This model allows “affiliates” to utilise existing ransomware software to execute attacks, and earn a percentage of each successful ransom payment. Given this incentive, Unit 42 expects more cybercriminals to follow this model for all sums of money.

Unit 42 also observed that ransomware engagements throughout last year were more complex, leading to longer breach response times. Most notably, the information technology sector saw a 65% increase in ransomware incident response cases from 2019 to 2020.

While the dangers of illicit money in the form of cryptocurrencies are still mainly confined to the cyber realm, one might wonder if these digital money can be used to finance crime in the real world. Do businesses face risks when this illicit money is used to finance operations like terrorism?

Not yet. A 2019 RAND report highlighted that large sums of cryptocurrency are hard to manage and spend anonymously, and cryptocurrencies still require infrastructure. Moreover, “cooperation between international law enforcement and the intelligence community, and developments in regulation and enforcement” currently deter criminals from using cryptocurrencies to finance operations in the real world.

However, the report adds: “We see little current evidence of the adoption of cryptocurrencies by terrorist organisations or the motivation to do so, but that very well might change as countermeasures shut off funding [in the physical space] and as the cryptocurrency technology changes.”

Illicit finance

Despite these challenges, the anonymity of cryptocurrencies has not stopped regulators from devising new ways to combat illicit finance. “Now there are already surveillance technologies that can at least understand trends and patterns,” explains Radish Singh, Southeast Asia Financial Crime leader at Deloitte. Such tools can point to when cryptocurrencies have been converted into hard currency, for example.

Emerging technologies such as artificial intelligence (AI) have also been employed to resolve this problem. Cloud-based AML (Anti Money Laundering) Transaction Monitoring Software provider Tookitaki, for example, is developing an AI-based solution prototype to detect money laundering via cryptocurrencies.

“Powered by Federate AML knowledgebase, a growing, centralised repository of money laundering typologies sourced from financial institutions, AML experts and regulators, our AI solution could detect money laundering cases using cryptocurrency via crypto exchanges or their combination with banks,” says Tookitaki’s spokesperson.

But Singh says that such instruments are not yet widely used — many financial institutions have not integrated these technologies into their existing workflows and on-premises solutions. Tookitaki has partnered with Hewlett Packard Enterprise (HPE) to deliver their AML solution as a subscription model using HPE GreenLake for Big Data. By using the solution, UOB saw the AML models it uses for name screening and transaction modelling achieving 96% prediction accuracy in the “high priority” category.

“Our as-a-service model delivered through HPE GreenLake differentiates the solution by offering the agility, flexibility and scalability of the cloud experience while ensuring businesses still have control and governance when deploying AI-optimised infrastructure platforms and solutions on-premises,” says a HPE spokesperson.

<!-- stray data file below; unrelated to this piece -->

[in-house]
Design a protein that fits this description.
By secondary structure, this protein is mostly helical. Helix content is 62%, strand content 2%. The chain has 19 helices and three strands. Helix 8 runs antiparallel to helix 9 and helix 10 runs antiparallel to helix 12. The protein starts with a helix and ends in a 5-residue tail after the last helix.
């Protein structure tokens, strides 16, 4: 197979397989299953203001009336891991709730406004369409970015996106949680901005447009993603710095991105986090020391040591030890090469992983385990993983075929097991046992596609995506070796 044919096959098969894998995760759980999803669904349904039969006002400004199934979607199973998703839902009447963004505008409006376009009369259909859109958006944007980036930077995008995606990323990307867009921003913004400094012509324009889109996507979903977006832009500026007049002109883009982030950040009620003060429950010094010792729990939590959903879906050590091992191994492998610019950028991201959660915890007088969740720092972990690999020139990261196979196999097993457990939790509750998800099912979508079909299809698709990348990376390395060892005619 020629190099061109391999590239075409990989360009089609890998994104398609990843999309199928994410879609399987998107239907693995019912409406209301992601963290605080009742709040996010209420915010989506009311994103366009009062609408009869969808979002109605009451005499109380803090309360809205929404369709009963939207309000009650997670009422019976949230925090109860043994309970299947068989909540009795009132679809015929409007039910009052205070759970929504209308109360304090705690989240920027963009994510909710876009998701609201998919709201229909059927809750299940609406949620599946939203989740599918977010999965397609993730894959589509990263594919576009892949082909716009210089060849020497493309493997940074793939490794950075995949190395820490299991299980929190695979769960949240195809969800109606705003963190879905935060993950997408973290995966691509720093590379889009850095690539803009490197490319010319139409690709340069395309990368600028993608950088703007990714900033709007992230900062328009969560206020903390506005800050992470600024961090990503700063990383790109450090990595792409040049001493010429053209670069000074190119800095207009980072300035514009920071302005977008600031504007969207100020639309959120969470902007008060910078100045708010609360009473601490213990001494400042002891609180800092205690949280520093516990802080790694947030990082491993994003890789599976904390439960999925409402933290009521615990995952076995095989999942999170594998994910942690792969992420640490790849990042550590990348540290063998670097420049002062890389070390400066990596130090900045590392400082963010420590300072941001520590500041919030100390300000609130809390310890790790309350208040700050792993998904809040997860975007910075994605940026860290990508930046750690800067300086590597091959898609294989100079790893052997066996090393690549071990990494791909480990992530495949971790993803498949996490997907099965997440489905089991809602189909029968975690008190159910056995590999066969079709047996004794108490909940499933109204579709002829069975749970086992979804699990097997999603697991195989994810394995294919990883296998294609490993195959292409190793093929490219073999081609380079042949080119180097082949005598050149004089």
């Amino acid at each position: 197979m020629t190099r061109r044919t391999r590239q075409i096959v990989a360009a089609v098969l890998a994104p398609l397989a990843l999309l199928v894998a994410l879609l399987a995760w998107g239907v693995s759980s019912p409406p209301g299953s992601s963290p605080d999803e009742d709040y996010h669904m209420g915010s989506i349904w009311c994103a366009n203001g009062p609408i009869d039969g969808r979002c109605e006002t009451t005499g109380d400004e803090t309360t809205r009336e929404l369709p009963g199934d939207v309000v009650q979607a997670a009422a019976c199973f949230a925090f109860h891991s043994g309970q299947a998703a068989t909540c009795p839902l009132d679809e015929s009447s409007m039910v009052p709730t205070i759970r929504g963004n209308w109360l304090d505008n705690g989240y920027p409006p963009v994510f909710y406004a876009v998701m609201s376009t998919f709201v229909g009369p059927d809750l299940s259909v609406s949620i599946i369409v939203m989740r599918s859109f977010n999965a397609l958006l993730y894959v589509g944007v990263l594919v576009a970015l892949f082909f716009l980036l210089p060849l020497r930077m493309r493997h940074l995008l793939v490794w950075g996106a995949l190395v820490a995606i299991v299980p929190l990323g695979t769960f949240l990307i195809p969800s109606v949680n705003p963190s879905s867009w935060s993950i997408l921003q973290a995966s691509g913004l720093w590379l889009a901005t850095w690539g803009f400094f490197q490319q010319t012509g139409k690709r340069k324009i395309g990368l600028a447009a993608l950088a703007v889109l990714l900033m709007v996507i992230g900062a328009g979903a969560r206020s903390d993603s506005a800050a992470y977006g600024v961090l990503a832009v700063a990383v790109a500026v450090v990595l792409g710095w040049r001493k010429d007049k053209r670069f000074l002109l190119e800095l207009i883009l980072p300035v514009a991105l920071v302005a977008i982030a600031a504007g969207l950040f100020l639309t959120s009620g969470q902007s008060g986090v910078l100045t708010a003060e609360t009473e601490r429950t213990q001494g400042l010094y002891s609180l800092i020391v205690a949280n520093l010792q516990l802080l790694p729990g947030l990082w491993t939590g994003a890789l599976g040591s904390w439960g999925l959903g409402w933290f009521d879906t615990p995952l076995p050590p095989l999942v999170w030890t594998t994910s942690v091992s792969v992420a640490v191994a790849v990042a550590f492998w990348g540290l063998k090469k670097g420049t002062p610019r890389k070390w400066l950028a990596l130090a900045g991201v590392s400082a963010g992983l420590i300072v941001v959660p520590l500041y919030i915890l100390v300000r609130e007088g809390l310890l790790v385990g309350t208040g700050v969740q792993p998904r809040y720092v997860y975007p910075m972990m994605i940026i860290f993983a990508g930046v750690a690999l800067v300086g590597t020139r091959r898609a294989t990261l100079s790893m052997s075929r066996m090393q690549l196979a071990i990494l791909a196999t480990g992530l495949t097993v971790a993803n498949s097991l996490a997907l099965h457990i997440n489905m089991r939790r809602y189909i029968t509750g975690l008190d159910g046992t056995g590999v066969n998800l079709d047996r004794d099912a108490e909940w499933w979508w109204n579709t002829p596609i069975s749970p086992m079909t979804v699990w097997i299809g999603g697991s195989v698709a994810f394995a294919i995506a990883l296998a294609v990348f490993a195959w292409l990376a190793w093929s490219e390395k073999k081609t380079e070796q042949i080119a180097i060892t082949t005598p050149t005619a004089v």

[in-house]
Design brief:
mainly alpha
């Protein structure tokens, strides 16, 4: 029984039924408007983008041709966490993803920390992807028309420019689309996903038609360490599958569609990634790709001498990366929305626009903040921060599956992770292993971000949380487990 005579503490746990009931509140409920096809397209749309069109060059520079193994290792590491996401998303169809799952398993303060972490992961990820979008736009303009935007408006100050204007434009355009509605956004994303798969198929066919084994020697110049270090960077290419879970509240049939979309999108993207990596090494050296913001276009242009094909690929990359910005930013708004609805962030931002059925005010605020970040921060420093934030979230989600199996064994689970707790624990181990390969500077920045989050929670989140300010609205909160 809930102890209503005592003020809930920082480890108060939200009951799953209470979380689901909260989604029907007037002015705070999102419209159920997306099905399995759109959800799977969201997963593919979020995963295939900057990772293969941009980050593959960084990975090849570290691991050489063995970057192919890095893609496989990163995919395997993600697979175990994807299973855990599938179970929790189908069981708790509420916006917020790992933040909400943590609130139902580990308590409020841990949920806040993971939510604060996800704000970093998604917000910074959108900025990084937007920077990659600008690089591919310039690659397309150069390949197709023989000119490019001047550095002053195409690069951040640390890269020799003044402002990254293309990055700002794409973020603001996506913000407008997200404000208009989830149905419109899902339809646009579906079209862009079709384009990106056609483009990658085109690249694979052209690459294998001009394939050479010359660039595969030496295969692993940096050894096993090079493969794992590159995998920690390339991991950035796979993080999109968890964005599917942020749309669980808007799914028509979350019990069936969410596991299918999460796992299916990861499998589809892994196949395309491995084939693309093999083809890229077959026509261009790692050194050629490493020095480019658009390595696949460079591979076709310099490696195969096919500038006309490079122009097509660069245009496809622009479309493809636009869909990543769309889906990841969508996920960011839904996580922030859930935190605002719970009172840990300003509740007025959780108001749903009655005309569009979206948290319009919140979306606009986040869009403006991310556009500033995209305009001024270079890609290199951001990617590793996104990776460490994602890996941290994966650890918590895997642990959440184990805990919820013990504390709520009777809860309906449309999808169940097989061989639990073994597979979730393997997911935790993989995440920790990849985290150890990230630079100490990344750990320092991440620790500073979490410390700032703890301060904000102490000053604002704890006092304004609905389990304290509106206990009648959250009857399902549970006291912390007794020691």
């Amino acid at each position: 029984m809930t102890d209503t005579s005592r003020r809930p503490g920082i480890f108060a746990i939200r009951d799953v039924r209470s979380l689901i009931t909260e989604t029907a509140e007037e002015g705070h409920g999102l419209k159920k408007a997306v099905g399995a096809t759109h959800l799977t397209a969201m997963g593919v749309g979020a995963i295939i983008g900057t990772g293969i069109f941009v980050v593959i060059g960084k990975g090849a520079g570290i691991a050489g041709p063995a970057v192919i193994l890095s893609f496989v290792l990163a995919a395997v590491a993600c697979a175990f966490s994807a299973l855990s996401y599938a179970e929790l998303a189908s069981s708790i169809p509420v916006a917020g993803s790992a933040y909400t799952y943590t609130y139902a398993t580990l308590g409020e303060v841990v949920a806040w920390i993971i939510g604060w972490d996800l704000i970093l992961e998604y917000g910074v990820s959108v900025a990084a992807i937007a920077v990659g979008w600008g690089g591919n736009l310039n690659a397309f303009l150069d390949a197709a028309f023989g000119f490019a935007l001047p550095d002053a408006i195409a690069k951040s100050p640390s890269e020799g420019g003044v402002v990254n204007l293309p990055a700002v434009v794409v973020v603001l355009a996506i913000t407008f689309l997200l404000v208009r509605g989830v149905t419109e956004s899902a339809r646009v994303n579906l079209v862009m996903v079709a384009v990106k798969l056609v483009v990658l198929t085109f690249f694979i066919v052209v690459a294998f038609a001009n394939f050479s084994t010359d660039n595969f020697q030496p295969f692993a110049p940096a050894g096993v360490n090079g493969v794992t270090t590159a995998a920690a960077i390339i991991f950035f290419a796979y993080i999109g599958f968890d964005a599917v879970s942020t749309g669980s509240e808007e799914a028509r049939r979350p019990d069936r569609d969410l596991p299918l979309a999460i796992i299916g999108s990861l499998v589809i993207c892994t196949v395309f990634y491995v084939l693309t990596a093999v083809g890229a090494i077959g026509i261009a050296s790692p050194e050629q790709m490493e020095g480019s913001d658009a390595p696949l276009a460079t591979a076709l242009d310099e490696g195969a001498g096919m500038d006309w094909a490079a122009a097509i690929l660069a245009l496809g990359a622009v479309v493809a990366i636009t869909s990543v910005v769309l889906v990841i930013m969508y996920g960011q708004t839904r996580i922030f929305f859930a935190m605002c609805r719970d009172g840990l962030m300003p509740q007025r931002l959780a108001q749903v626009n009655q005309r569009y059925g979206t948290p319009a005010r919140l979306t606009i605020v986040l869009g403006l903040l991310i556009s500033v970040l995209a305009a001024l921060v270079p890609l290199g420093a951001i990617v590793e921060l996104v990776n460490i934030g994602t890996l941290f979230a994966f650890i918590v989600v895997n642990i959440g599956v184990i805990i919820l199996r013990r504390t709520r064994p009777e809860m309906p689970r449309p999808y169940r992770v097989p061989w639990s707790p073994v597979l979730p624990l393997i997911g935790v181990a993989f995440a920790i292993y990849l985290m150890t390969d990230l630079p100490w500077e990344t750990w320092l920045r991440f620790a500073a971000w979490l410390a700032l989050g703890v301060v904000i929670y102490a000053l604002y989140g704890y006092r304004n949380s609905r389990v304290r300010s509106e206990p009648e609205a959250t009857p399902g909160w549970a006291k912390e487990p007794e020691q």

Regulating the industry

Singh also notes that the lack of global standards over cryptocurrency regulations has led to a lack of oversight of the digital currency. Most countries have been slow to develop a “clear and structured strategy” to regulate cryptocurrencies. A wait-and-see attitude in certain jurisdictions has left the global regulatory environment beholden to the lowest common denominator.

Nydia Remolina Leon, research associate for Data, AI and governance at Singapore Management University (SMU), says that regulators have already taken the first step to regulate the cryptocurrency space.

The first set of standards issued by the International Financial Action Task Force (FATF) was published in June 2019. This came in the form of an Interpretive Note to Recommendation 15 on New Technologies, which further clarifies the FATF’s previous amendments to the international standards relating to virtual assets.

This move follows earlier attempts by national jurisdictions to regulate cryptocurrencies. New York state regulators, for instance, moved to license crypto exchanges and wallet providers before FATF regulations were adopted.

“Even the industry and the big players who want to provide good services and to just exploit the benefits and potential of digital assets and cryptocurrencies in general want to be regulated,” Leon tells The Edge Singapore. Stronger frameworks provides all players greater legal certainty.

But is there a risk that over-regulation will stunt the growth of the industry? No, say Wharton Business School business legal experts Brian Feinstein and Kevin Warbach. Studying the impact of cryptocurrency regulations on trading activities at global crypto exchanges, they found no systematic evidence that cryptocurrency regulations have any effects on trading volumes.

Still, the amount of cryptocurrencies used for dark money transactions is, reckons PwC crypto leader Henri Arslanian, “way lower than people think”. Last year, only 0.34% of crypto-transactions — amounting to US$10 billion — were linked to illicit transactions. The United Nations report that the estimated amount of money laundered globally in one year is around US$800 billion to US$2 trillion.

But in the defence of national security and cybersecurity, every dollar — or “coin” — in the hands of criminals and terrorists is one too many. 

Photo: Bloomberg